Friday, December 23, 2011

A Consistent Freedom Fighter

WHEN he died two years ago he was buried with full military honours in Warsaw, his coffin draped in the red banner of the Jewish Workers' Bund, inscribed "Bund - Yidisher Sozialistisher Farband," and the choir sang the Bund anthem, "Di Shvue."

Tributes flowed in to Marek Edelman, who had been the last surviving commander of the 1943 Warsaw ghetto revolt, and some of them came from political leaders who would not have understood let alone cared for his politics, and media that had little to say for him when he was alive.

From ghetto fighter to cardiologist, Marek Edelman was a consistent fighter for human rights and dignity, and whatever allies might have sought his support, his enemies were enemies of freedom. Having been a member from his youth of the Bund, which fought for Jewish workers' rights wherever they lived rather than looking for a Promised Land elsewhere, he remained stubbornly in his native Poland even when antisemitism reared its ugly head again under so-called socialism.

He went on to champion the workers' rights committee KOR and Solidarity, also extending his sympathy to the people of Bosnia, to the extent of comparing the Muslims fight for survival to that of the Polish Jews against Nazism.

Some left-wing dissidents in Poland, such as the Trotskyist Ludwik Hass, whose own death preceded Edelman's by a year, criticised the former ghetto fighter for what they saw as his naievity, both about the Solidarnosc leaders' aims and the goals of Western democracy. They did not doubt Edelman's own motivations and decency.

Edelman's survival, and refusal to join the Zionists claiming exclusive rights to the Holocaust and ghetto fight, or to Palestine, were enough to earn him emnity and ensure that his name was seldom mentioned in either Establishment media or "official" history. To make matters worse in August 2002 he wrote an open letter to Palestinian resistance leaders, in which he criticised the use of suicide bombers to hit civilian targets, but infuriated the Israeli government and its supporters by addressing the Palestinians as fellow-fighters against oppression. Edelman addressed his letter "To all the leaders of Palestinian military, paramilitary and guerilla organizations — To all the soldiers of Palestinian militant groups".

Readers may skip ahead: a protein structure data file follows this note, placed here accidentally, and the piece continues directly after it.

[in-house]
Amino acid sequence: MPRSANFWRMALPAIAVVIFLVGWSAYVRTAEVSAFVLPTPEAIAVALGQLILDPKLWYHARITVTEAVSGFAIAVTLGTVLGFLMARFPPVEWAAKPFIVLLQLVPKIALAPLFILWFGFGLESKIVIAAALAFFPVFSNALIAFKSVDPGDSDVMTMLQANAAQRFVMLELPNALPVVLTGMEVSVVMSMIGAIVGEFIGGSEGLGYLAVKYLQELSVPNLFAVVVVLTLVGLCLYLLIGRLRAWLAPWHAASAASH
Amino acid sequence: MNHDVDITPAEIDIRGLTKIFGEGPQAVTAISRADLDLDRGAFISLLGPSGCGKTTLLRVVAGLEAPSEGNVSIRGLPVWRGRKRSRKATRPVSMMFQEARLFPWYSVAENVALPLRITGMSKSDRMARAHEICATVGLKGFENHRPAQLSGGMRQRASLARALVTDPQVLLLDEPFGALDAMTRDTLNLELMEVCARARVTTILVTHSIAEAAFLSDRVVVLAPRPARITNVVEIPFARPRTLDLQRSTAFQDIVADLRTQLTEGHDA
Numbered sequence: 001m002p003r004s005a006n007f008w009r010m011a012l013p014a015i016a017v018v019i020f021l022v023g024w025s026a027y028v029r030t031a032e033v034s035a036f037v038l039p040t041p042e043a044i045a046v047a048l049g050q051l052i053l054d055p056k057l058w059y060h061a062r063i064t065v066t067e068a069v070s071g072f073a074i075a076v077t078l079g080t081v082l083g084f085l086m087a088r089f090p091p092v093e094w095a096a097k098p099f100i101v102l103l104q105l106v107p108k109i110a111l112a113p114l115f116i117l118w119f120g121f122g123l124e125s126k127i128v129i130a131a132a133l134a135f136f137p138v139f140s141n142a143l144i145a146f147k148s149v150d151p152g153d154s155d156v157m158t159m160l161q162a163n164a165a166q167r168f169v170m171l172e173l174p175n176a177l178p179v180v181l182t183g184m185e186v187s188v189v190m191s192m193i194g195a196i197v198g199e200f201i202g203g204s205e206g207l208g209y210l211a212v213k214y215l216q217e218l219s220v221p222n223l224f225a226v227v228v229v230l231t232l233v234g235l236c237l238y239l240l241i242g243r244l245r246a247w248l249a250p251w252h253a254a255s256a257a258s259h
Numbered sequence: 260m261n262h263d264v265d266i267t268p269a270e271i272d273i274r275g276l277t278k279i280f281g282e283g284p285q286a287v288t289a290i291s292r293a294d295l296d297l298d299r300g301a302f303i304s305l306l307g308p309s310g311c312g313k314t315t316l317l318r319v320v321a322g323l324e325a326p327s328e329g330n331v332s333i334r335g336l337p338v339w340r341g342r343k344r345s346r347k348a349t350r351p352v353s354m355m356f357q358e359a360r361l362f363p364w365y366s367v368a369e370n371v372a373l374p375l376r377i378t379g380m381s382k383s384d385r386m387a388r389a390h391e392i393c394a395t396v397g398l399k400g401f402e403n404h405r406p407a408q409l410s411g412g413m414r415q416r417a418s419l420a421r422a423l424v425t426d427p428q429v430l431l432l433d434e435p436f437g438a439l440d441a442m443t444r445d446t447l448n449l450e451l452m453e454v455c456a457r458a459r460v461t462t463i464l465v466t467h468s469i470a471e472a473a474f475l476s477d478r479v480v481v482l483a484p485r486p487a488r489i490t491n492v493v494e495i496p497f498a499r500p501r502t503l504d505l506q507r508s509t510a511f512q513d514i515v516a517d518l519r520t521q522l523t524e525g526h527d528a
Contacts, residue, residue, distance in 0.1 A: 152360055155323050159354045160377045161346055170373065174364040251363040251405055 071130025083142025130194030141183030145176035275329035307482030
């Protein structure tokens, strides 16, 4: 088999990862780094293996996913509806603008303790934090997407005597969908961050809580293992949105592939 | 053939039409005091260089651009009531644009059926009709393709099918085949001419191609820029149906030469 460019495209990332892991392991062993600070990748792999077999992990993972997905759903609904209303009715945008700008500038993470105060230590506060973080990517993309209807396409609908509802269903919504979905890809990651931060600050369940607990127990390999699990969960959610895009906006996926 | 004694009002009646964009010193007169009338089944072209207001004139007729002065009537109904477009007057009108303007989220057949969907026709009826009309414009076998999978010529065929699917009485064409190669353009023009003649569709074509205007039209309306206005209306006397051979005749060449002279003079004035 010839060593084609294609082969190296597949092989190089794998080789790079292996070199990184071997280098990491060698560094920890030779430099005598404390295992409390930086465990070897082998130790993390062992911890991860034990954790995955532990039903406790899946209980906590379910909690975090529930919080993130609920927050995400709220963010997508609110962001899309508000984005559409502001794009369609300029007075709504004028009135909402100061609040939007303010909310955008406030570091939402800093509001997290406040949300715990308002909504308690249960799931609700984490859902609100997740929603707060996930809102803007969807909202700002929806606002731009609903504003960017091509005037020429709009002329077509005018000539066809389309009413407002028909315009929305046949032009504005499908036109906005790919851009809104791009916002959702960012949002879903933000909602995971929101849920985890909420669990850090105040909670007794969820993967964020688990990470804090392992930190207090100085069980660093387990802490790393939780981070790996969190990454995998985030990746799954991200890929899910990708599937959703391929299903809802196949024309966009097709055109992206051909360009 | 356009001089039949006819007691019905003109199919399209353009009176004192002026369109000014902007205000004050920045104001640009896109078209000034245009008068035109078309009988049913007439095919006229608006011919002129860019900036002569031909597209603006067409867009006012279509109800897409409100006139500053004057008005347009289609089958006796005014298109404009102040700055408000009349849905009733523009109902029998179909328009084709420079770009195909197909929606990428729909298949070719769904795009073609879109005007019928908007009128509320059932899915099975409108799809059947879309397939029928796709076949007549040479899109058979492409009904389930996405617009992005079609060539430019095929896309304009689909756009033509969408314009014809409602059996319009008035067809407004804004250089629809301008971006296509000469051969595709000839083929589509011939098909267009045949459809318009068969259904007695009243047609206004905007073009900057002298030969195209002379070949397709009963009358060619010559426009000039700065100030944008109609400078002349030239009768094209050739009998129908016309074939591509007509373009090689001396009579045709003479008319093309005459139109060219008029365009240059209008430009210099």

When Edelman's book "The Ghetto Fights" had been republished in English in 1994, by the Socialist Workers' Party publishers Bookmarks, it received a hostile review in, of all places, the anti-fascist journal Searchlight, which had entrusted the task to some hack bred by the Zionist Union of Jewish Students. It was hard to detect which aroused most ire, Marek Edelman's straightforward historical account or the politics of those who had published it.

The motives of former Israeli Defence Minister and Foreign Minister Moshe Arens, who visited Edelman in Warsaw in 2005, should have been above such suspicion, but his efforts to have the former ghetto commander's heroism officially recognised were unsuccesful.

When on my return from Warsaw I tried to convince a number of Israeli universities to award Edelman an honorary doctorate in recognition of his role in the Warsaw ghetto uprising, I ran into stubborn opposition led by Holocaust historians in Israel. He had received Poland's highest honor, and at the 65th commemoration of the Warsaw ghetto uprising he was awarded the French Legion of Honor medal. He died not having received the recognition from Israel that he so richly deserved.

Perhaps in retrospect they did him an unintended favour.

Now a homage to Marek Edelman has appeared, from those with most claim to honour the tradition from which he came. Freedom in his Heart: a tribute to Marek Edelman,, is published by Jewish Socialist Publications. Some of the articles that appeared in the Jewish Socialist magazine shortly after Edelman's death, and there are also short extracts from "The Ghetto Fights". The articles have been written in Britain, Poland and America. The title is a sly allusion to Edelman's profession as a cardiologist as well as the spirit that was his lifeblood.

Following the Introduction, there's an essay by David Rosenberg, For dignity and freedom, not territory, on Edelman's Bundist principles and how they were applied during and after the war, in the fields of Jewish thought, Polish political life and international issues.

In So faithful to the people of the ghetto, Wlodka Blit Robertson, who was smuggled out of the Warsaw ghetto as a child just a few weeks before the Uprising began, reflects on her personal interactions in Poland with Marek Edelman and the activist Alina Margolis who married Edelman).

Barry Smerin gives a first hand report of Edelman's funeral, Buried with his comrades, while Mike Shatzkin in A fateful promise tells the tragic tale of Edelman's attempts to help the daughter of a Bundist fighter, Zelman Frydrych, who perished in the ghetto uprising.

All this and extracts from The Ghetto Fights. A perfect present for Chanukah, even if it arrives a bit late If the lamp in the temple could last for eight days what's a few more days among friends, over Christmas?

You can order copies ( inside the UK it is £3 plus 65p p&p.) Cheques/POs to JS Publications. Send to JS BM3725 London WC1N 3XX

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